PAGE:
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Welcome back to the Bikerumor Ask A Stupid Question series. This week, Aaron Chamberlain, Assistant Marketing Manager at Maxxis, joins us to answer your questions on tires; why do so many new tires arrive warped, how many times can a tire be mounted, and why don’t we use tubulars for mountain biking? Take it away, Aaron!
I come from a road racing background, and I’m used to running tubs on my road bike. Why are mountain bikers averse to sticking their tires to the rims like road riders do?
Maxxis: This is something Maxxis has explored with various XC and even DH teams over the years. From a practical standpoint there’s just no comparison—tubulars are a massive pain in the ass to produce and to mount—and from a performance perspective there wasn’t an appreciable advantage for all the hassle.
I can change a set of our tubeless tires in 10-15 minutes and have my bike ready to go for different terrain or conditions. With tubulars, there is no changing tires. Whatever tread pattern you glue to that wheel is going to be on there until it wears out, so if you want different tread options you need spare wheels, which quickly gets expensive.
If you get a flat on a tubeless setup, tire sealant might take care of it, or you can plug it, or worst case scenario, you throw a tube in to get out of the woods. Sealant and plugs will work to an extent on tubulars, but there’s no option to put a tube in, so you need to carry a full spare tire. Again, not practical.
Are there any tires around that have puncture protection directly underneath the tread? I know lots have extra sidewall protection to prevent pinch flats but I frequently get punctures on the mid-tread from the pointy rocks on my local trails. Is anyone looking to solve this problem?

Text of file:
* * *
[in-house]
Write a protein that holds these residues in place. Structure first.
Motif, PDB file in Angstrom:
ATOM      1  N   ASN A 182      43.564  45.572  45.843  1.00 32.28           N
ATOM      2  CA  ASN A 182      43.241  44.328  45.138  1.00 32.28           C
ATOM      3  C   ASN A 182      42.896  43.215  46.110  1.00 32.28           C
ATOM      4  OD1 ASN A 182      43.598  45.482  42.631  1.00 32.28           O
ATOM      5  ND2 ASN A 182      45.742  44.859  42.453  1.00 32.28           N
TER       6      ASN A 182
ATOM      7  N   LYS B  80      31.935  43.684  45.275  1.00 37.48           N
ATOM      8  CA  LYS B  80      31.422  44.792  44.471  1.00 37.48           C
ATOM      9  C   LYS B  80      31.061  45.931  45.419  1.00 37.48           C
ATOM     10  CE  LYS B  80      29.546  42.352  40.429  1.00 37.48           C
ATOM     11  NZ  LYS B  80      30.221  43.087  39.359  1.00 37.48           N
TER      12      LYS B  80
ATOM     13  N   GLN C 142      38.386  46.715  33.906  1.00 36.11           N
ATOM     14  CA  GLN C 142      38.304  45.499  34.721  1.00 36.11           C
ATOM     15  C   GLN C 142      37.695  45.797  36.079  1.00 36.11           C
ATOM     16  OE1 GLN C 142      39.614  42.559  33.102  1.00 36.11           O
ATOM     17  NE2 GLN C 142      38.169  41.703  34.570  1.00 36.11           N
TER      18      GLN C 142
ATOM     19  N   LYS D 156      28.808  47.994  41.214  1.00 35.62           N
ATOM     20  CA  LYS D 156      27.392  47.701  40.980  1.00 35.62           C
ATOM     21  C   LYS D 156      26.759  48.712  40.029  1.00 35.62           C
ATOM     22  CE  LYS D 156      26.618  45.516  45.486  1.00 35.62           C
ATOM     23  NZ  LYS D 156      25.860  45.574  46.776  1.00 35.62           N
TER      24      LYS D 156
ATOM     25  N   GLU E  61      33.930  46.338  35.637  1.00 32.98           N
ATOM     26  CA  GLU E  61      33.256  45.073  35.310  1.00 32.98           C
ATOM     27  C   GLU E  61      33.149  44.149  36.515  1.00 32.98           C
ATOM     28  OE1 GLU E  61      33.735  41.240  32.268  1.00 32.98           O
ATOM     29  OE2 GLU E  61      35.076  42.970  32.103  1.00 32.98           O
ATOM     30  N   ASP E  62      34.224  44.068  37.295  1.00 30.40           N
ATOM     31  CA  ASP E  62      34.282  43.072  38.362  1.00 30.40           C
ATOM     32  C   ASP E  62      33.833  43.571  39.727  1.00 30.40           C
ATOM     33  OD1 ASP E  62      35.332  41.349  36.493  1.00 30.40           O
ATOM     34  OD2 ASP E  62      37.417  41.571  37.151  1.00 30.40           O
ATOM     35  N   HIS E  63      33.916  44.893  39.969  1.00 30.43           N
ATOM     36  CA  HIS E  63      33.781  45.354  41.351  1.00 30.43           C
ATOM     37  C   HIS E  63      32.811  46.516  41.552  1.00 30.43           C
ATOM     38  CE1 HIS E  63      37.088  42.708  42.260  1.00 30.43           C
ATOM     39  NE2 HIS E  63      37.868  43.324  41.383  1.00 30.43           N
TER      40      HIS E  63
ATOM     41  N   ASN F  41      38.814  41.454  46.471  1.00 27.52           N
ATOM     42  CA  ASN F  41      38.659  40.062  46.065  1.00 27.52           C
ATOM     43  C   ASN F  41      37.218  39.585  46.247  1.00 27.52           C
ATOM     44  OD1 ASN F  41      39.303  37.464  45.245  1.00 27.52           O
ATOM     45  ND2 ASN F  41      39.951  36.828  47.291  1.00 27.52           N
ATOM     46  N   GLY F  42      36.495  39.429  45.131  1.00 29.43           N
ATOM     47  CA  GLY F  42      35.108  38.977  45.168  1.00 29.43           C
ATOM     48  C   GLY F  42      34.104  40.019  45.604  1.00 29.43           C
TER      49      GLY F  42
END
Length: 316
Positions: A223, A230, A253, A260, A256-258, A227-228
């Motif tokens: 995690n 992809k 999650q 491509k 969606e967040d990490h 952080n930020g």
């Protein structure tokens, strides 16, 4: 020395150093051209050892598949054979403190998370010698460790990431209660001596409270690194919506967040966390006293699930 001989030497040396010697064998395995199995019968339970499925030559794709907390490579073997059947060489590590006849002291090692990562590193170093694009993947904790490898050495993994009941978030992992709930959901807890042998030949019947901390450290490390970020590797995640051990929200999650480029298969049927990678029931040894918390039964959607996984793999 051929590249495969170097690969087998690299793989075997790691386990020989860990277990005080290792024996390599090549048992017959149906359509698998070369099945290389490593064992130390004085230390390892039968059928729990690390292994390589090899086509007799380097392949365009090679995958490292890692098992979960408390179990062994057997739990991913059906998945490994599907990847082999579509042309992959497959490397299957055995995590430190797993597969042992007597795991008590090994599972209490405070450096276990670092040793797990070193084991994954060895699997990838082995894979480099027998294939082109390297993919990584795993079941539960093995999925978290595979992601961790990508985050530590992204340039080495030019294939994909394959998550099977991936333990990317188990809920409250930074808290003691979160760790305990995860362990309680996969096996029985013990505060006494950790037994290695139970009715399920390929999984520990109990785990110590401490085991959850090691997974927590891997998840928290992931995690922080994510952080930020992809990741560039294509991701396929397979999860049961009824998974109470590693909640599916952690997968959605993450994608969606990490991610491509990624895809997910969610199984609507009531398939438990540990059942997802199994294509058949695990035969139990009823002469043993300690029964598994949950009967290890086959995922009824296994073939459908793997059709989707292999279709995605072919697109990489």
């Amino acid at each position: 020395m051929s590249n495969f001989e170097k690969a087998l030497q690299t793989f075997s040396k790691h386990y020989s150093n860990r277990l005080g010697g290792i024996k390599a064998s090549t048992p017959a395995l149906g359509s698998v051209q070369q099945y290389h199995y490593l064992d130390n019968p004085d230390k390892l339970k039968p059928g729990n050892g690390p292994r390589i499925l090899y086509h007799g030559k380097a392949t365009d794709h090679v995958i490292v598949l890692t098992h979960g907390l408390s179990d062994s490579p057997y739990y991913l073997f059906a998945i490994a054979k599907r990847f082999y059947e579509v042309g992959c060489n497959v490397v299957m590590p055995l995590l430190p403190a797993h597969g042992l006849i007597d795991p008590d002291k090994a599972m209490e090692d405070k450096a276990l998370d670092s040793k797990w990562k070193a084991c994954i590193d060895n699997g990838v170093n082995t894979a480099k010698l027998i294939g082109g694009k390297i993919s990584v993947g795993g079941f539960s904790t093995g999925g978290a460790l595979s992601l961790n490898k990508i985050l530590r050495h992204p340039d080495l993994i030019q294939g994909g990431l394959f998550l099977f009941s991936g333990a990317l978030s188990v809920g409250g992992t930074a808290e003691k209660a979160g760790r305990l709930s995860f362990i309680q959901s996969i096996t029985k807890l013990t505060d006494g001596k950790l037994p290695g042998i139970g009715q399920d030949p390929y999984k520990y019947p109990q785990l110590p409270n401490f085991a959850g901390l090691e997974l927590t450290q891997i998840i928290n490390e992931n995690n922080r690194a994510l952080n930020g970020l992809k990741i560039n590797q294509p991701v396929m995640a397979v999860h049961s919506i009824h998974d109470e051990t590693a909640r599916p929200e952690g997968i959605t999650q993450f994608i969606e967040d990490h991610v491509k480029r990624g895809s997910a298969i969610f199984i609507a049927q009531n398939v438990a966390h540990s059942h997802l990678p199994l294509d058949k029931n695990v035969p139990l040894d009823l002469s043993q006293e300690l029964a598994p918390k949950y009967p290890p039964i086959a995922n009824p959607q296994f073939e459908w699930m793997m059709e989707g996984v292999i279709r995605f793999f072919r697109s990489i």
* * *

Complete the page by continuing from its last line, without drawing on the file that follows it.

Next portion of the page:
Maxxis: Yes. Our current EXO+ construction has a layer of puncture protection from bead-to-bead so it does run under the tread. Beyond that, both our Double Down (enduro/e-bike) and Downhill (DH/e-bike) tires use two layers of casing stacked on top of one another which means twice as many layers of material in the tread area.
How come so many tires are warped from new? Is it to do with production or packaging, or both? It surely must impact ride quality.
Maxxis: Warped or wobbling tires are a manufacturing defect most often caused by casing ply misalignment. In severe cases it can be felt during riding. Maxxis will replace new tires that are warped under our warranty policy.
How many times can a tire be mounted before it is not safe to use? I run my tires tubeless and switch tires (at least the rear tire) fairly regularly depending on the conditions, trails I’m riding, etc. I have noticed that the more times a tire gets mounted, the looser it is on the rim (and the easier it is to mount). I’ve surmised that mounting the tire stretches it ever so slightly as it is being forced over the rim, but does it continue to stretch every time it’s mounted, or does it get to a certain point and just stay there? After it stretches so far is there a possibility of it not seating correctly on the rim?
Maxxis: This is something we are currently testing both with and without tire inserts. So far our testing indicates that the bead will stretch slightly (less than a mm) but it’s still within tolerance. If at all possible, mount tires by hand and be careful with the bead when tire levers are required.
When is a tire too old? I’m talking about unused tires; does the rubber have a sell by date, so to speak?
Maxxis: It really depends on where the tire is stored as to how long it will last, but yes, rubber most definitely has a shelf life. Keeping spare tires stored in a cool, dark place has worked well for me. My spares are in a plastic tub in the basement and a few are a couple years old now, but I’d have no issue using them. If the rubber starts to feel hard and gets a shiny look to it then it’s probably dried out and not going to perform well. Don’t ride tires with dry, cracked rubber.
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